Target: Sarah M. Kirkman, District Attorney for Prosecutorial District 22A
Goal: Pursue tough charges against man accused of multiple counts of animal cruelty in Bethlehem.
Police in Bethlehem, North Carolina recently uncovered a disturbing sight. They had been called to investigate a possible case of animal abandonment. What they found was a building full of 19 animals that appeared to have been locked up and left to die. The animals had allegedly been left in small cages, with no access to food or water. At least five dogs were reportedly extremely malnourished, with their ribs clearly visible. Officers found the bodies of three deceased dogs on the premises; two were being stored in an on-site freezer, while a third body had been left out in the open. Police also uncovered the body of a cockatoo in the freezer, and nine dead quails locked in a cage outside.
Sheriff Chris Bowman said the entire building was strewn with garbage and animal feces, according to The Taylorsville Times. The newspaper reported the building had been rented by Matthew Trenton Leeth, who had used the premises as a canine training center.
Leeth is now facing 19 counts of Felony Cruelty to Animals and 19 counts of Misdemeanor Abandonment of an Animal. The felony charges can carry prison time at the discretion of the presiding judge of up to 10 months. Unfortunately, animal abuses charges are all too often not taken particularly seriously by law enforcement and prosecutors. Many of those convicted are given relatively light sentences, or let off with little more than probation. If you believe this case deserves to be prosecuted to the fullest extent of the law, please sign our petition.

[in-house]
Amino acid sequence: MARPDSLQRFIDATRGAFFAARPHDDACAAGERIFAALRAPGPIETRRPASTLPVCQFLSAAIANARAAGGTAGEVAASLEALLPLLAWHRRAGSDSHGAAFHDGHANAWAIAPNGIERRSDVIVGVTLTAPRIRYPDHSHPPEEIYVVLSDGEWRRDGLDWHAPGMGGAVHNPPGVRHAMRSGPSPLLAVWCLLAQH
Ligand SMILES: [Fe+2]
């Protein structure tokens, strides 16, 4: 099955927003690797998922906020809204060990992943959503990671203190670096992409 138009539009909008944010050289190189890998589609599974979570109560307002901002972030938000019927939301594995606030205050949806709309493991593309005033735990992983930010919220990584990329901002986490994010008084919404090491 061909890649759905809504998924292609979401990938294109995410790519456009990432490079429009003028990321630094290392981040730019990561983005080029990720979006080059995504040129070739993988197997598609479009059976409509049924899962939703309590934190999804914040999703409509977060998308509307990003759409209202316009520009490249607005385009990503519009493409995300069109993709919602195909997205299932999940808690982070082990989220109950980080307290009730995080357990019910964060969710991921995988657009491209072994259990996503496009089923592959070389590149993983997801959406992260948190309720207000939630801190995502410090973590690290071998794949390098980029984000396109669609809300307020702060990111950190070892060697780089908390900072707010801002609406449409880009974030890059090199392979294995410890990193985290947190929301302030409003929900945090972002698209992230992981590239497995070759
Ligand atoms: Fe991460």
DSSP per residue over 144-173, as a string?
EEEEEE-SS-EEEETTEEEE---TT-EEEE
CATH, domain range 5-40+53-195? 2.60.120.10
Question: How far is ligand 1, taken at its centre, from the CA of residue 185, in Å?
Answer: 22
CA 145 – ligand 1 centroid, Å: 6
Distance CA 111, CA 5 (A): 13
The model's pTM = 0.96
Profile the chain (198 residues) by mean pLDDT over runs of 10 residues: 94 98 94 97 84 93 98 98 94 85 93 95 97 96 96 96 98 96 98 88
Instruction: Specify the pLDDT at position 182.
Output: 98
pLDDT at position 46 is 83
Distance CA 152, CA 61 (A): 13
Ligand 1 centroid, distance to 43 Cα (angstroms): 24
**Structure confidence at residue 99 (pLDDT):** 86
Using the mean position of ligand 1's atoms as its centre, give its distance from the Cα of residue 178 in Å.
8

Dear District Attorney Kirkman,
Matthew Trenton Leeth is facing 19 counts of Felony Cruelty to Animals and 19 counts of Misdemeanor Abandonment of an Animal. The former charges are considered Class H felonies in North Carolina, and carry a maximum penalty of 10 months imprisonment. We urge you to pursue the maximum penalty in this case.
When police investigated premises rented by Mr. Leeth in Bethlehem, they said they uncovered 19 animals that were either dead, or close to it. The surviving animals were found locked in small cages, with no access to food or water. All were allegedly severely malnourished and emaciated.
North Carolina has a tepid history surrounding animal abuse legislation. For years, animal rights advocates complained the state’s animal rights protections were too weak, with soft penalties for offenders. Efforts to change this culminated in the 2010 passing of HB 1609, which finally introduced felony charges to animal abuse legislation. While this was indeed a major step forward, the ball is now in the court of prosecutors such as yourself to ensure offenders don’t get off lightly. We therefore urge you to pursue the toughest penalties possible in this case of alleged animal abuse.
[Your Name Here]
Photo Credit: Fancycrave